Following the screenings, the panel will be moderated by Joel Chadabe, president and founder of Ear to the Earth, adjunct faculty at NYU, author, and composer whose works have been featured at the Venice Biennale, Ars Electronica (Linz, Austria), Inventionen (Berlin), and other venues and festivals as a complement to his environmental concerns.


Hon. Steven S. Honigman
Former General Counsel of the Navy
The Honorable Steven S. Honigman served as the General Counsel of the Navy and received the Navy Department’s Distinguished Public Service Award. He is committed to supporting naval operations while protecting environmental resources. He is currently an attorney is private practice in New York City.


William J. Parker, III, Ph.D.
Former Commodore, United States Navy
William J. Parker is a retired senior naval officer with multiple combat tours who commanded three ships and served as Chief of Staff for United States Naval Forces. He is currently COO of the East West Institute.


Francine Kershaw, Ph.D.
Marine Mammals Science Fellow, Natural Resources Defense Council
As a member of the NRDC’s Marine Mammal Protection Project, Dr. Kershaw identifies areas of the ocean that are crucial for marine mammals and then assesses how vulnerable those areas are to human impacts. She combines information on marine mammal behavior, genetics, and oceanography using geospatial tools to advocate for and improve marine mammal protections.


The programs of WhiteBox are made possible in part by the New York City Department of Cultural Affairs and New York State Council for the Arts

Press Contact: press@whiteboxny.org



WhiteBox presents

No Head No Heart


Press Release
August 10, 2016

New York City – Shen Jingdong + Jon Tsoi : No Head No Heart is a New York debut-collaboration of two Chinese contemporary artists who came of age in the 1980s, one Beijing-based, the other a New Yorker.

The exhibition addresses aspects of an ongoing, alarming Sino-American military build-up, seen through the lens of performance art, painting, and public interactive art. The artworks evoke the unsettling figure of the “hero”, patent in the invincible uniformed figure of the Red Army soldier inscribed in both artists’ childhood memories.

In the words of Eric Shiner, “Shen Jingdong converts Communist icons in his paintings and sculptures in an unprecedented way, creating sumptuous works that cunningly turn these images of power into candy-colored and glistening figures that are more likely to be found on a toy shop’s shelves than marching through Beijing’s Tiananmen Square.”

Shen witnessed and was partly influenced by the notorious and subversive ’85 Art New Wave’ movement from Nanjing, that advocated a rationalistic approach to artmaking, in opposition to the academic, social-realist painting of the times. While his work has one foot in the supposed glory of the past, the other foot is firmly set in the ambiguous but relentless narrative of present day China. Aesthetically influenced by Western Pop Art, Shen deems the Chinese soldier a friendly-looking instrument to nonetheless be reckoned with. And he does so with exactitude.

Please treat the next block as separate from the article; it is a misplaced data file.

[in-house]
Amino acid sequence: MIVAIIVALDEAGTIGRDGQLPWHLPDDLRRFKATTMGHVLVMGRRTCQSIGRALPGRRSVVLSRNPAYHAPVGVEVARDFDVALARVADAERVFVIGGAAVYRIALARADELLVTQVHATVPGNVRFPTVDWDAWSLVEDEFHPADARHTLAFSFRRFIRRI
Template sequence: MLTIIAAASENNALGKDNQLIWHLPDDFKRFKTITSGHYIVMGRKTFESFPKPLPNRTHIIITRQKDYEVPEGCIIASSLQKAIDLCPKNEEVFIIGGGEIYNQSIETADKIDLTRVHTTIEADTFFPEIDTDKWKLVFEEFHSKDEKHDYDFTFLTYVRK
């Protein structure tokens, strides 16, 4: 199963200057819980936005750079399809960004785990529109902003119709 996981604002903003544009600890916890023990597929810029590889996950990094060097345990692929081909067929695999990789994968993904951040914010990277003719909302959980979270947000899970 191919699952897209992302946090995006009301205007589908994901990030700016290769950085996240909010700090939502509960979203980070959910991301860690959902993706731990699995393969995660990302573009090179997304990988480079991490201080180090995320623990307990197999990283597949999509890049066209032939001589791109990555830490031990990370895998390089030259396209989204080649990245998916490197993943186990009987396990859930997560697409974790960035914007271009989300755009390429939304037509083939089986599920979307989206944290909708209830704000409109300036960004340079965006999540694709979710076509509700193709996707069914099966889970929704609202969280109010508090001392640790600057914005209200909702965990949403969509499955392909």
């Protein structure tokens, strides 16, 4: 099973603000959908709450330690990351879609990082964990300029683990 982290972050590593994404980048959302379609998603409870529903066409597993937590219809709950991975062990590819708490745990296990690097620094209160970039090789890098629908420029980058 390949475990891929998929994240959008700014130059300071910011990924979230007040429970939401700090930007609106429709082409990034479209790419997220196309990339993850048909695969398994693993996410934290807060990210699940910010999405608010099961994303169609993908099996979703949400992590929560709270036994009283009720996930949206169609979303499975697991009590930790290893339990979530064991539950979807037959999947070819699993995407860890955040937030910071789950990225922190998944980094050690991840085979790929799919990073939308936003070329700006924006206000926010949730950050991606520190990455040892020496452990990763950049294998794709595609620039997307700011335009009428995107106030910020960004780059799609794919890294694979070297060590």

By contrast, Jon Tsoi’s response to militarism is expressed through the prism of Taoism and its notions of chance, as well as via abstract expressionist principles that likewise reflect randomness and unpredictability. Tsoi’s performative painting is not only created blindfolded, but is resurrected, repaired, and restored by a blindfolded audience. In such engagements, Mr. Tsoi also references the original concept of Lucio Fontana, ‘concetto spatiale’—slashing the membrane of two dimensionality canvasses in order to highlight the ‘third space’ behind the picture—a method tilled by the legendary Japanese expressionist group Gutai Art Association, and advances it dramatically.

Together in this project, Shen and Tsoi generously allow for their work to hybridize into a risky, but poignant counterpoint. The sumptuous, slick, perfectly controlled soldiers of Shen Jingdong confront the ignominious slashings of Jon Tsoi’s sharp knives, and subsequent re-weaving. The result may remain a mystery as deep and perplexing as the history of China itself.

Shen Jingdong was born in 1965 and currently lives and works in Beijing. After graduating from the Printmaking Department of Nanjing Art College in 1984, he continued to pursue and complete his studies at the Department of Fine Arts in the Nanjing Academy of Art in 1991. After, Shen served 17 years in the battlefront Art Troupe of the Political Department of Nanjing Military Region. His military background inspired his artistic style –iconic, cartoon style military portraits. His works continuously address the subject of the hero and pop art in porcelain figurines and paintings. His work has been exhibited widely in the United States, Europe and China. Recent shows have included Censure at the Galerie DOCK SUD in France in 2015, France-Chine 50 (la Chine à l’honneur) at the Art Paris – Art Fair in France in 2014, a group exhibition East/west: Visually Speaking in the United States in 2010/2012. His work is included in the collections of the Frost Art Museum and the Paul & Lulu Hilliard University Art Gallery.